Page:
Art Industry News: Top Wall Street Guru Says He’d Rather Invest in Art and Real Estate Than Stocks Right Now + Other Stories

Plus, Kyiv museums display captured Russian artifacts, and London's Royal College of Art reveals its $170 million upgrade.

A trader works on the floor of the New York Stock Exchange. Photo: Bryan R. Smith/AFP/Getty Images.

Art Industry News is a daily digest of the most consequential developments coming out of the art world and art market. Here’s what you need to know this Tuesday, May 24.


Canadian Museums’ $617 Million Rebuild Draws Criticism – In British Columbia, a new proposal by the provincial government to spend CA$789 million ($617 million) to rebuild the Royal BC Museum in Victoria has come as a rude shock to the public. Many locals say that it is too high a price to pay for a “safer, more inclusive, and accessible modern building” in the midst of a pandemic, rapid inflation, and an affordable housing crisis. (The Globe & Mail)

What It’s Like to Watch the Auctions as an Art Critic – Jason Farago sat in the back of the salesroom at last week’s New York auctions and bemoaned the death of art valuation at the hands of anything but the market. As much of the art world insists on looking backward, it seems that thirsty collectors have become the ultimate arbiters of taste. “A bull run for art comes not only against a sliding equities market (though art price corrections often soon follow), but also in a moment of widespread high-cultural malaise,” Farago writes. (New York Times)

Will Art Actually Outperform Stocks? – Farago isn’t the only one making these observations. Guggenheim Partners Global Chief Investment Officer Scott Minerd said he would rather invest in art and real estate than in stocks over the next five years. “Until we see some real panic we’re not going to see a real bottom,” Minerd said of the stock market. “Bear markets don’t end at fair value—they tend to overshoot.” (MarketWatch)

Kyiv Museums Display Russian Artifacts from Failed Siege – Ukraine’s curators have been busy scouring sites of conflict for artifacts. The Military History Museum recently opened an exhibition of captured Russian hardware brought to the capital by Ukrainian soldiers, including burned-out military gear, Russian passports, and military records. Meanwhile, the Museum of the Second World War is presenting a model of an underground shelter where a group of Ukrainians lived for a month, filled with original objects. (Guardian)


London Royal College of Art Unveils $169 Million Upgrade – Architects Herzog & Meuron unveiled the Battersea institution’s new 167,000-square-foot structure, described by the Guardian as the “brutalist love child of a factory and a multi-story car park.” The hulking brick building exudes a “split personality,” looking “like a factory” from one side and the “headquarters of a tech company” from the other. (Guardian)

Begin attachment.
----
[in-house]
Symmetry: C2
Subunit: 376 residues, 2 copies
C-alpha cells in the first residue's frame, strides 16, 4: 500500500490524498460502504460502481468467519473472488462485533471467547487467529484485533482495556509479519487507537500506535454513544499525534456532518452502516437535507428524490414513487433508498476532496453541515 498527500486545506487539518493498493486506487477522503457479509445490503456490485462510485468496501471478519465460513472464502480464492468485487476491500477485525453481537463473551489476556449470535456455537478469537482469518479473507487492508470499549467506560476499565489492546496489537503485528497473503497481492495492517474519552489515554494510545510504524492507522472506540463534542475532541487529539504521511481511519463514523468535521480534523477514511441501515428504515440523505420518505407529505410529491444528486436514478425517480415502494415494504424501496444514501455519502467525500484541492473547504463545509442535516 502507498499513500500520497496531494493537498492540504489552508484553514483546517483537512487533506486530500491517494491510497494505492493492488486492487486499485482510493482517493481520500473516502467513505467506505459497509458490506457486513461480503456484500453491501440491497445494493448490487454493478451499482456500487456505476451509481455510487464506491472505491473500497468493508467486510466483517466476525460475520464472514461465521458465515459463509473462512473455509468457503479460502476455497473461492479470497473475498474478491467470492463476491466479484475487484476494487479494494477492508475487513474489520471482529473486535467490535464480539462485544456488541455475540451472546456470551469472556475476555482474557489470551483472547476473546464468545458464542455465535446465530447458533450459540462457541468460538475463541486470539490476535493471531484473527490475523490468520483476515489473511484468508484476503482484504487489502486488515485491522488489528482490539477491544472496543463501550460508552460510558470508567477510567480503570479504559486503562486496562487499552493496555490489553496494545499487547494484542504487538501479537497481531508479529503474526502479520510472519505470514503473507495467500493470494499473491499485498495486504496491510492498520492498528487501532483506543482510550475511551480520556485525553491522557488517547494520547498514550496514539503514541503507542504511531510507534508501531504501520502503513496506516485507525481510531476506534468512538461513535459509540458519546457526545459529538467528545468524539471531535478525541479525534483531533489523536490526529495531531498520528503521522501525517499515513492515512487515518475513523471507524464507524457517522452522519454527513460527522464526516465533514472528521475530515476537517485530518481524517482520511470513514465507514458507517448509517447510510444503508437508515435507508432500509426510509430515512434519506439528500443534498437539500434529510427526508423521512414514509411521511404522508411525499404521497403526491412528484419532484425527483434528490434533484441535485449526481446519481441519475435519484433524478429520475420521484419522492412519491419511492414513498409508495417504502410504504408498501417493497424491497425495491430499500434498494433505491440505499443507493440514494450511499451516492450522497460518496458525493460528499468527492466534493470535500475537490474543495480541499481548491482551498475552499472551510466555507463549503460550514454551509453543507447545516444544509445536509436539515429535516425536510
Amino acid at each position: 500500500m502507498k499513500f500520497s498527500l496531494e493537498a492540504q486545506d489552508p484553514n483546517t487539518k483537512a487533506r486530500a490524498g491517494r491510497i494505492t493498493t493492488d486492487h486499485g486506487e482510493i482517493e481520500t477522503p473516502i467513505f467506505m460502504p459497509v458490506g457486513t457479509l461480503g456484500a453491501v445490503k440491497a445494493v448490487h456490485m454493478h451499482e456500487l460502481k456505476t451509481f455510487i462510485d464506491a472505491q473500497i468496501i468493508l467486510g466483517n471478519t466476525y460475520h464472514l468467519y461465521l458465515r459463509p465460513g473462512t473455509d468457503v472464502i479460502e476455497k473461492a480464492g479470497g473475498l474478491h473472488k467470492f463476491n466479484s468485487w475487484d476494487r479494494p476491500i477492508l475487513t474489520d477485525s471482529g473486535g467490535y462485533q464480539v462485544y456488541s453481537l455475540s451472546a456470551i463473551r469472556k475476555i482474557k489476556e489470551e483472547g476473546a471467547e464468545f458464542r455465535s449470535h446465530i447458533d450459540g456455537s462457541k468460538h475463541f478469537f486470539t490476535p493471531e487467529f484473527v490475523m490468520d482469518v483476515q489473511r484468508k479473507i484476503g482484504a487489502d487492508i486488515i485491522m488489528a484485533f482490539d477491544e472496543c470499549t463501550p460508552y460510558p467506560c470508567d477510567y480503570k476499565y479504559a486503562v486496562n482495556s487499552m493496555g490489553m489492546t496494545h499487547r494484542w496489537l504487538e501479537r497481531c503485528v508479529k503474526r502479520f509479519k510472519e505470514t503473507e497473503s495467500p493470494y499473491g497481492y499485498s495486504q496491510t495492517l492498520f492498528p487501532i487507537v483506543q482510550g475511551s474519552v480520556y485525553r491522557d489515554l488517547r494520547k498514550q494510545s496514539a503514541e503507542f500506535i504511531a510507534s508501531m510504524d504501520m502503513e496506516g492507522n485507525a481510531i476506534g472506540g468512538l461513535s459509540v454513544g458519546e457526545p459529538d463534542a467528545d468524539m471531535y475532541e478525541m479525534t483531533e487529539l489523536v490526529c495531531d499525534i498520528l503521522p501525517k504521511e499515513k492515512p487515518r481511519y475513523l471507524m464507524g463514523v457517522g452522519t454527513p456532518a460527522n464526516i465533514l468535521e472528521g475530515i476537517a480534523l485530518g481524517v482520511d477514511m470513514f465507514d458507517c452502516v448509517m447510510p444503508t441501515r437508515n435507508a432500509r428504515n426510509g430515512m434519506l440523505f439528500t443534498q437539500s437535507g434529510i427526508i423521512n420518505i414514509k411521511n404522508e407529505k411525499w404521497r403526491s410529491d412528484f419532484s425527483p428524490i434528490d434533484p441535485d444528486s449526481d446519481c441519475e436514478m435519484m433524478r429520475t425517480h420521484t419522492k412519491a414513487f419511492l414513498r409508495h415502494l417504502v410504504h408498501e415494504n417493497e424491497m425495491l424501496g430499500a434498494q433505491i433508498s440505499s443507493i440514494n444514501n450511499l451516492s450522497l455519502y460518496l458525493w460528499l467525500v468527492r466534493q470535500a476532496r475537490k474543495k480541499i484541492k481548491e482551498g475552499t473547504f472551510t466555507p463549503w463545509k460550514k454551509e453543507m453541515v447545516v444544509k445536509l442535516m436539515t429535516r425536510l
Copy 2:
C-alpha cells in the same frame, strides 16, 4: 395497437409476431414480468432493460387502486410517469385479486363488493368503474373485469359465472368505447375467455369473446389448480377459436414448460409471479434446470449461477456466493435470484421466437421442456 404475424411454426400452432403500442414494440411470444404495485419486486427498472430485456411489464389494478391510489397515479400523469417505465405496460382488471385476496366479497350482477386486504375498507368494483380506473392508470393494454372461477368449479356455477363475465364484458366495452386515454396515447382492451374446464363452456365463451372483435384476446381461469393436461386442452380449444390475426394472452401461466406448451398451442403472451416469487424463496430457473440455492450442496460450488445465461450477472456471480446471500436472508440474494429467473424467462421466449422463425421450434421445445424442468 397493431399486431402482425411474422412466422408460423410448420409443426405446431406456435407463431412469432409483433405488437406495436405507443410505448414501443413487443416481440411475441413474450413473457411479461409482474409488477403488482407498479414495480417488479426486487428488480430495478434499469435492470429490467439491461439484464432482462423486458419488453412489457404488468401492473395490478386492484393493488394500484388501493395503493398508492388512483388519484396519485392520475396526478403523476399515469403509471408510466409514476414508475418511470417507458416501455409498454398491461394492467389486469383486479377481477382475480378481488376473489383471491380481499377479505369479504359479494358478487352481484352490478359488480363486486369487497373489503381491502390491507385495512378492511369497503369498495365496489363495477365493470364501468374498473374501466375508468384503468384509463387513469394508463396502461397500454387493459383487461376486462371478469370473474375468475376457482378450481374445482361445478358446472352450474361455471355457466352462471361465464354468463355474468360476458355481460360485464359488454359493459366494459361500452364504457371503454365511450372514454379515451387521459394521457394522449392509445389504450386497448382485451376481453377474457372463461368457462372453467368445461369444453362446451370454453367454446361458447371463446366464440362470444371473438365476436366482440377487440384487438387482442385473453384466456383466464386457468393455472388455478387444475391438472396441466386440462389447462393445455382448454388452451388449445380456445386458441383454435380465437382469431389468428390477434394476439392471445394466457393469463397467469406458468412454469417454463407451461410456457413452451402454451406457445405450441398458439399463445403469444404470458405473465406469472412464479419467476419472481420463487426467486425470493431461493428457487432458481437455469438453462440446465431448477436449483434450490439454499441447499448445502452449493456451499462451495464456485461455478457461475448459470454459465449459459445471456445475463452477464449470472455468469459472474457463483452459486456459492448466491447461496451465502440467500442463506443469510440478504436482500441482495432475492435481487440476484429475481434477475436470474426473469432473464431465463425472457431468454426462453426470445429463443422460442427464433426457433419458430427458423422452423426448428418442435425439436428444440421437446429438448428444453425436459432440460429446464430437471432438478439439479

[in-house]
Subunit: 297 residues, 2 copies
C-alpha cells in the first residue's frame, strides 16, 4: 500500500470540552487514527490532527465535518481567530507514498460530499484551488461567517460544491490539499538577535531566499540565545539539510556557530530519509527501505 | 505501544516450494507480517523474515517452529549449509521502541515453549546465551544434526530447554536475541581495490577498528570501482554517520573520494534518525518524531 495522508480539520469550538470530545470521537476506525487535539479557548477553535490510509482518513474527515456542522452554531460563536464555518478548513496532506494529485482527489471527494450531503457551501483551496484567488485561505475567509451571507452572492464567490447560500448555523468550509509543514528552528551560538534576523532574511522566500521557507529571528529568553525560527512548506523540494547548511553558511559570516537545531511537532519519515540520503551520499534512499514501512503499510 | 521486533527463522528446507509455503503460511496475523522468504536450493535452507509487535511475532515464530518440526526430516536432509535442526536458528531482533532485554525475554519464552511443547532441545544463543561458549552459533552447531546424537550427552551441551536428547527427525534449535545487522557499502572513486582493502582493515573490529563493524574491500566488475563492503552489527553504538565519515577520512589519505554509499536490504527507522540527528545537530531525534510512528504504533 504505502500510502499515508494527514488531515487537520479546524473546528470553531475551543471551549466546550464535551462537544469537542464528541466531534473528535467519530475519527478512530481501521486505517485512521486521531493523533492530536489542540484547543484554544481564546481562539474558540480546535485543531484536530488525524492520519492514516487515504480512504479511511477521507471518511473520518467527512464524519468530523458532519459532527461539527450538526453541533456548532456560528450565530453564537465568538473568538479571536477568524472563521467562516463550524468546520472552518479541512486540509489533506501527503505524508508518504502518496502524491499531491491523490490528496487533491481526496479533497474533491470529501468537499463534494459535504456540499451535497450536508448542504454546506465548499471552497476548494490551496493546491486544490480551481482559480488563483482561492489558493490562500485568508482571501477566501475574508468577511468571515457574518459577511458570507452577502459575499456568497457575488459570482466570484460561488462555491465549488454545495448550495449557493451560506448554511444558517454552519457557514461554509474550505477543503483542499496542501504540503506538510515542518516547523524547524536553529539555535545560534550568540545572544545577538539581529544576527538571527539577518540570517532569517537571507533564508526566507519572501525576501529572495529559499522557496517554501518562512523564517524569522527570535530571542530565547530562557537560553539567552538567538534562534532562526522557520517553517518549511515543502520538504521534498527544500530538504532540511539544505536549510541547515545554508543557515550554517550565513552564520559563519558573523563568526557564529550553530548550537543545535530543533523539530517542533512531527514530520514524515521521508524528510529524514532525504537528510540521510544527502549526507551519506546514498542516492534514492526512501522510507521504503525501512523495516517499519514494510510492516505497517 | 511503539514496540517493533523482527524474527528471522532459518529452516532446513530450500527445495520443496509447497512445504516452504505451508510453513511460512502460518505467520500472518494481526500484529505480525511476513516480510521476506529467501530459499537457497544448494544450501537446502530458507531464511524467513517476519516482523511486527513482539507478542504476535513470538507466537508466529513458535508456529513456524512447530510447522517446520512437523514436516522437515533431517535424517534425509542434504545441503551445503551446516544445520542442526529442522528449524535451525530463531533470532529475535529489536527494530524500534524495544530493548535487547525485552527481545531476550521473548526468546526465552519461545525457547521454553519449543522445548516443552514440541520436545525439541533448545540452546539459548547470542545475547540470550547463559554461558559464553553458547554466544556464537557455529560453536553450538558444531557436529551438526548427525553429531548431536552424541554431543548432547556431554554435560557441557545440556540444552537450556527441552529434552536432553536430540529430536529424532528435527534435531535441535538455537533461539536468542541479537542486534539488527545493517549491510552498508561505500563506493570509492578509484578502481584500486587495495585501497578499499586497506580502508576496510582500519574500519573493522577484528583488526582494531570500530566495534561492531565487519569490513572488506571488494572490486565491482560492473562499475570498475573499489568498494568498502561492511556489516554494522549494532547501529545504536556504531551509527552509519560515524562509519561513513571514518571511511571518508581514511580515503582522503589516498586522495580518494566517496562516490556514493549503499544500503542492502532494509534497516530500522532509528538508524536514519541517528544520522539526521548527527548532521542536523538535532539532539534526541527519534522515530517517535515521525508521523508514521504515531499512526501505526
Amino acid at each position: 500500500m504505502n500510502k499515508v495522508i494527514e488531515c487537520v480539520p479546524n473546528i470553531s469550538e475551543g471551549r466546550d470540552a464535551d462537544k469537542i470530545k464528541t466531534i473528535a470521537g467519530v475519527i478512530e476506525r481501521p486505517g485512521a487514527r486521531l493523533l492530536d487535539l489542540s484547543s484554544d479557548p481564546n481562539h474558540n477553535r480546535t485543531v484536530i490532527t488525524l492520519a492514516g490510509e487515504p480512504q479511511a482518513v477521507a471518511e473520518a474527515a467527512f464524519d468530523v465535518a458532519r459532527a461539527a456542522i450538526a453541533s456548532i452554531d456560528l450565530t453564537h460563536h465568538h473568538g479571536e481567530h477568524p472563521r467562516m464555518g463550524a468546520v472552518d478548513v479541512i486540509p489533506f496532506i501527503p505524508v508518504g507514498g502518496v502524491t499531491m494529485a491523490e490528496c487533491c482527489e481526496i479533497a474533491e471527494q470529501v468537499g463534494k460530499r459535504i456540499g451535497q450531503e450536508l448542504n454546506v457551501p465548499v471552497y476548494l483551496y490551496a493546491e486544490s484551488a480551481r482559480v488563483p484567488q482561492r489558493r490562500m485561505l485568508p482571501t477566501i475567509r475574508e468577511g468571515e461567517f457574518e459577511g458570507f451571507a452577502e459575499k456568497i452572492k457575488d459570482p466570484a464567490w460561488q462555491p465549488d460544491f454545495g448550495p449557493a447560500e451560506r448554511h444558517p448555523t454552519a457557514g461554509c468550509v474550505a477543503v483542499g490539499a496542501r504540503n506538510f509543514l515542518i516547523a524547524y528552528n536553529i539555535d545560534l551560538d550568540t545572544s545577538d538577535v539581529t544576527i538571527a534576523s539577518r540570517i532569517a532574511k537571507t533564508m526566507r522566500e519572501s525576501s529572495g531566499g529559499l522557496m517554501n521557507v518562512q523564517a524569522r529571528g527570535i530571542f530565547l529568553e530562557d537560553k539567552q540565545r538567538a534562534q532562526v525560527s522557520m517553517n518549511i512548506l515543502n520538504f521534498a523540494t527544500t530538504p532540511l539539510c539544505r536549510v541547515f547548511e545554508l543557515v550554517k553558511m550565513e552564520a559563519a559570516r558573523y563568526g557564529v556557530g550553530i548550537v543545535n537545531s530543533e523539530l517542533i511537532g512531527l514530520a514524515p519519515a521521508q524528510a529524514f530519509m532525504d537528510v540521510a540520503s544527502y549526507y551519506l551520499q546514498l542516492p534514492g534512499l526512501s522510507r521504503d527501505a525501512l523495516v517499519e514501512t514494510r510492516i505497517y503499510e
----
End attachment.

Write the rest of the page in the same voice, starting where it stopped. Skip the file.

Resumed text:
The British Library Opens a Gold-Themed Exhibition – A new show at the London institution looks at how gold maintains its value across millennia and across continents. On view until October 2, the show includes diplomatic texts written on gold, a seal of Baldwin, the last Latin emperor of Jerusalem, and two rectangular gold seals from Burma. (Evening Standard)

Marina Abramović Show Gets (Another) Opening Date – After two delays, a highly anticipated retrospective of the Serbian performance artist will finally debut at the Royal Academy of Arts in London from September 23 to December 10. The show—which has “performative and participatory elements” that make social distancing a challenge—was originally due to open in September 2020. (The Art Newspaper)


Ukrainian Soldier Uploaded Images of Siege Before Capture – Dmytro Kozatsky, a Ukrainian fighter and photographer, shared poignant images with the Guardian to capture soldiers’ lives during war time. His battalion was sheltering at the Azovstal steel plant—a strategic flashpoint in the battle for Mariupol—until more than 2,000 soldiers, including Kozatsky, surrendered last week at the instruction of President Zelenskyy. While Kozatsky’s photographs go viral, the soldiers’ whereabouts are unknown. (Guardian)

Follow Artnet News on Facebook:

Want to stay ahead of the art world? Subscribe to our newsletter to get the breaking news, eye-opening interviews, and incisive critical takes that drive the conversation forward.